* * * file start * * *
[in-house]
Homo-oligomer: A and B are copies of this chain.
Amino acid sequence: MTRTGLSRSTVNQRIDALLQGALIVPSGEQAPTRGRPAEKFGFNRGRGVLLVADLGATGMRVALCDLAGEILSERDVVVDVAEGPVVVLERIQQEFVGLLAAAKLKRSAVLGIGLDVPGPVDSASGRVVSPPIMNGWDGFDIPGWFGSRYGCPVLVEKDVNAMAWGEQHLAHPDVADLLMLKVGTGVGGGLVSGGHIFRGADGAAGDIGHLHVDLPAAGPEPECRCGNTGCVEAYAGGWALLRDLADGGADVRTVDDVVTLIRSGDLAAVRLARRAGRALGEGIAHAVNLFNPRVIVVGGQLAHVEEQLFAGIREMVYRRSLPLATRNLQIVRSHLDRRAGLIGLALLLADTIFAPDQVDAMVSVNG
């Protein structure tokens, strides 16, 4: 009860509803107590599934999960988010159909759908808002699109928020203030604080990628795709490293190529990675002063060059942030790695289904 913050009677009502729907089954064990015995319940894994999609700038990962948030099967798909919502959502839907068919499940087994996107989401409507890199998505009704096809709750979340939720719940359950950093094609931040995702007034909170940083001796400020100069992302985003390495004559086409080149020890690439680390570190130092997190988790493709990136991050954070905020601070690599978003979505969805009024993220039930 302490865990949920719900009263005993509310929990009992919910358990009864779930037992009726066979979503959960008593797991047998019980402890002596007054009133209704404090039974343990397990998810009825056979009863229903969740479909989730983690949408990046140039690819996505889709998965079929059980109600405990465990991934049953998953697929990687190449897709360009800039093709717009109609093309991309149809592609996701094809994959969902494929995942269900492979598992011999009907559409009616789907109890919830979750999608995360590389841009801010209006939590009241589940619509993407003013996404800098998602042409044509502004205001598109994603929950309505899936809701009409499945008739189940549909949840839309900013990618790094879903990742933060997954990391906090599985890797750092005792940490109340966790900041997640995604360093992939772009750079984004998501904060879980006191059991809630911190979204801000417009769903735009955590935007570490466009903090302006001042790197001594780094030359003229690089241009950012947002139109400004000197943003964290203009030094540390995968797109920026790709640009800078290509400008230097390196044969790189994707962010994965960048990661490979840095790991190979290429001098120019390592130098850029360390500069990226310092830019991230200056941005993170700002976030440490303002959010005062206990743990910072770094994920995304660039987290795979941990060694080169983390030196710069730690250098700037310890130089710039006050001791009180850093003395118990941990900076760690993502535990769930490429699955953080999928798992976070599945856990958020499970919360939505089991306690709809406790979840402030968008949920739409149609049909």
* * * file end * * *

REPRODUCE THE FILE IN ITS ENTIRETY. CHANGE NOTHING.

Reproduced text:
[in-house]
Homo-oligomer: A and B are copies of this chain.
Amino acid sequence: MTRTGLSRSTVNQRIDALLQGALIVPSGEQAPTRGRPAEKFGFNRGRGVLLVADLGATGMRVALCDLAGEILSERDVVVDVAEGPVVVLERIQQEFVGLLAAAKLKRSAVLGIGLDVPGPVDSASGRVVSPPIMNGWDGFDIPGWFGSRYGCPVLVEKDVNAMAWGEQHLAHPDVADLLMLKVGTGVGGGLVSGGHIFRGADGAAGDIGHLHVDLPAAGPEPECRCGNTGCVEAYAGGWALLRDLADGGADVRTVDDVVTLIRSGDLAAVRLARRAGRALGEGIAHAVNLFNPRVIVVGGQLAHVEEQLFAGIREMVYRRSLPLATRNLQIVRSHLDRRAGLIGLALLLADTIFAPDQVDAMVSVNG
């Protein structure tokens, strides 16, 4: 009860509803107590599934999960988010159909759908808002699109928020203030604080990628795709490293190529990675002063060059942030790695289904 913050009677009502729907089954064990015995319940894994999609700038990962948030099967798909919502959502839907068919499940087994996107989401409507890199998505009704096809709750979340939720719940359950950093094609931040995702007034909170940083001796400020100069992302985003390495004559086409080149020890690439680390570190130092997190988790493709990136991050954070905020601070690599978003979505969805009024993220039930 302490865990949920719900009263005993509310929990009992919910358990009864779930037992009726066979979503959960008593797991047998019980402890002596007054009133209704404090039974343990397990998810009825056979009863229903969740479909989730983690949408990046140039690819996505889709998965079929059980109600405990465990991934049953998953697929990687190449897709360009800039093709717009109609093309991309149809592609996701094809994959969902494929995942269900492979598992011999009907559409009616789907109890919830979750999608995360590389841009801010209006939590009241589940619509993407003013996404800098998602042409044509502004205001598109994603929950309505899936809701009409499945008739189940549909949840839309900013990618790094879903990742933060997954990391906090599985890797750092005792940490109340966790900041997640995604360093992939772009750079984004998501904060879980006191059991809630911190979204801000417009769903735009955590935007570490466009903090302006001042790197001594780094030359003229690089241009950012947002139109400004000197943003964290203009030094540390995968797109920026790709640009800078290509400008230097390196044969790189994707962010994965960048990661490979840095790991190979290429001098120019390592130098850029360390500069990226310092830019991230200056941005993170700002976030440490303002959010005062206990743990910072770094994920995304660039987290795979941990060694080169983390030196710069730690250098700037310890130089710039006050001791009180850093003395118990941990900076760690993502535990769930490429699955953080999928798992976070599945856990958020499970919360939505089991306690709809406790979840402030968008949920739409149609049909």